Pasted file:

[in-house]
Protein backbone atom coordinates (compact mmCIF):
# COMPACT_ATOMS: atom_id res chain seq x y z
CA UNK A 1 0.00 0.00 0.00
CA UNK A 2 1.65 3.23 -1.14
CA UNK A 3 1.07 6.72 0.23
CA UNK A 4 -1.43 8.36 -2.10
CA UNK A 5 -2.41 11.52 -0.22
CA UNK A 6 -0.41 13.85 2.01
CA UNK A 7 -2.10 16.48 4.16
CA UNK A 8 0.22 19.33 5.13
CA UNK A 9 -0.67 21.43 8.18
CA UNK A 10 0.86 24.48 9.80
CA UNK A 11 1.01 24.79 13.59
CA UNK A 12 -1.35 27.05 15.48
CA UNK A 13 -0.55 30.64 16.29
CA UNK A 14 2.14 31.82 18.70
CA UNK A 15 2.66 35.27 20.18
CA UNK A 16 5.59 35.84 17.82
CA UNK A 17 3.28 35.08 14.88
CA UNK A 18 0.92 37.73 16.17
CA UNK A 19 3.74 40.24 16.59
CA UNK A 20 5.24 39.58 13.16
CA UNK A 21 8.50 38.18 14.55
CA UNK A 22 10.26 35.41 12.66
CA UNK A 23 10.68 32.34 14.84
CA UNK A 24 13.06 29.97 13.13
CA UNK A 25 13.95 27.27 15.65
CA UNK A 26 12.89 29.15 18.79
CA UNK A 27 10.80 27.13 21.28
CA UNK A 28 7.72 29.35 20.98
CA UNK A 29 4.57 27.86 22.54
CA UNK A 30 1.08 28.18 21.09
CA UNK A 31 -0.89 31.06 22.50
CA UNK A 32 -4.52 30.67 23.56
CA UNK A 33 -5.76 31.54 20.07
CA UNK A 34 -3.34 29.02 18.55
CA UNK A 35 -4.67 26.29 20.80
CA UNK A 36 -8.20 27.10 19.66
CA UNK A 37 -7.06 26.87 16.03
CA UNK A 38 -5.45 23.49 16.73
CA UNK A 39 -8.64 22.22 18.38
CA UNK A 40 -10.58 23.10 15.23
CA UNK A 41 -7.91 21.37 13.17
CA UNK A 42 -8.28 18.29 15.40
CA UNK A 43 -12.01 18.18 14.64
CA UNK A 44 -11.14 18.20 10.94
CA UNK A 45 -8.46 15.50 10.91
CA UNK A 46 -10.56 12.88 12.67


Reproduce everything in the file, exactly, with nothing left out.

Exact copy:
[in-house]
Protein backbone atom coordinates (compact mmCIF):
# COMPACT_ATOMS: atom_id res chain seq x y z
CA UNK A 1 0.00 0.00 0.00
CA UNK A 2 1.65 3.23 -1.14
CA UNK A 3 1.07 6.72 0.23
CA UNK A 4 -1.43 8.36 -2.10
CA UNK A 5 -2.41 11.52 -0.22
CA UNK A 6 -0.41 13.85 2.01
CA UNK A 7 -2.10 16.48 4.16
CA UNK A 8 0.22 19.33 5.13
CA UNK A 9 -0.67 21.43 8.18
CA UNK A 10 0.86 24.48 9.80
CA UNK A 11 1.01 24.79 13.59
CA UNK A 12 -1.35 27.05 15.48
CA UNK A 13 -0.55 30.64 16.29
CA UNK A 14 2.14 31.82 18.70
CA UNK A 15 2.66 35.27 20.18
CA UNK A 16 5.59 35.84 17.82
CA UNK A 17 3.28 35.08 14.88
CA UNK A 18 0.92 37.73 16.17
CA UNK A 19 3.74 40.24 16.59
CA UNK A 20 5.24 39.58 13.16
CA UNK A 21 8.50 38.18 14.55
CA UNK A 22 10.26 35.41 12.66
CA UNK A 23 10.68 32.34 14.84
CA UNK A 24 13.06 29.97 13.13
CA UNK A 25 13.95 27.27 15.65
CA UNK A 26 12.89 29.15 18.79
CA UNK A 27 10.80 27.13 21.28
CA UNK A 28 7.72 29.35 20.98
CA UNK A 29 4.57 27.86 22.54
CA UNK A 30 1.08 28.18 21.09
CA UNK A 31 -0.89 31.06 22.50
CA UNK A 32 -4.52 30.67 23.56
CA UNK A 33 -5.76 31.54 20.07
CA UNK A 34 -3.34 29.02 18.55
CA UNK A 35 -4.67 26.29 20.80
CA UNK A 36 -8.20 27.10 19.66
CA UNK A 37 -7.06 26.87 16.03
CA UNK A 38 -5.45 23.49 16.73
CA UNK A 39 -8.64 22.22 18.38
CA UNK A 40 -10.58 23.10 15.23
CA UNK A 41 -7.91 21.37 13.17
CA UNK A 42 -8.28 18.29 15.40
CA UNK A 43 -12.01 18.18 14.64
CA UNK A 44 -11.14 18.20 10.94
CA UNK A 45 -8.46 15.50 10.91
CA UNK A 46 -10.56 12.88 12.67